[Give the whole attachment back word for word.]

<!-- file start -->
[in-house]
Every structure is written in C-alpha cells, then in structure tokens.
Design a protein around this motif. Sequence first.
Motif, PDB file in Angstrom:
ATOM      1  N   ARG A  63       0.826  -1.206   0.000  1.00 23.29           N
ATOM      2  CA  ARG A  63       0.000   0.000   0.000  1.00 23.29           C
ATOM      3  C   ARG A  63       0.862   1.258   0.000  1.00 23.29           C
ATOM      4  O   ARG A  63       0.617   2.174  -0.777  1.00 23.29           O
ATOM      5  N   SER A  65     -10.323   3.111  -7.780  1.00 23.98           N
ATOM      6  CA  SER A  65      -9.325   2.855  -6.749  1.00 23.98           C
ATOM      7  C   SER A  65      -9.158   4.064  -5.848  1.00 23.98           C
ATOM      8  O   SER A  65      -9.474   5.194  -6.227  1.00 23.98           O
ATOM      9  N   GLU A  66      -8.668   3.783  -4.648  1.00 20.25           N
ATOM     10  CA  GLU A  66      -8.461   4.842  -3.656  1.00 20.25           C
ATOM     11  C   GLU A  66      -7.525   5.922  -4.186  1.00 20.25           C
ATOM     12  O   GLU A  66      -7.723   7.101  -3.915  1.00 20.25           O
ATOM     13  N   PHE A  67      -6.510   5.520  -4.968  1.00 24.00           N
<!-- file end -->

[in-house]
Every structure is written in C-alpha cells, then in structure tokens.
Design a protein around this motif. Sequence first.
Motif, PDB file in Angstrom:
ATOM      1  N   ARG A  63       0.826  -1.206   0.000  1.00 23.29           N
ATOM      2  CA  ARG A  63       0.000   0.000   0.000  1.00 23.29           C
ATOM      3  C   ARG A  63       0.862   1.258   0.000  1.00 23.29           C
ATOM      4  O   ARG A  63       0.617   2.174  -0.777  1.00 23.29           O
ATOM      5  N   SER A  65     -10.323   3.111  -7.780  1.00 23.98           N
ATOM      6  CA  SER A  65      -9.325   2.855  -6.749  1.00 23.98           C
ATOM      7  C   SER A  65      -9.158   4.064  -5.848  1.00 23.98           C
ATOM      8  O   SER A  65      -9.474   5.194  -6.227  1.00 23.98           O
ATOM      9  N   GLU A  66      -8.668   3.783  -4.648  1.00 20.25           N
ATOM     10  CA  GLU A  66      -8.461   4.842  -3.656  1.00 20.25           C
ATOM     11  C   GLU A  66      -7.525   5.922  -4.186  1.00 20.25           C
ATOM     12  O   GLU A  66      -7.723   7.101  -3.915  1.00 20.25           O
ATOM     13  N   PHE A  67      -6.510   5.520  -4.968  1.00 24.00           N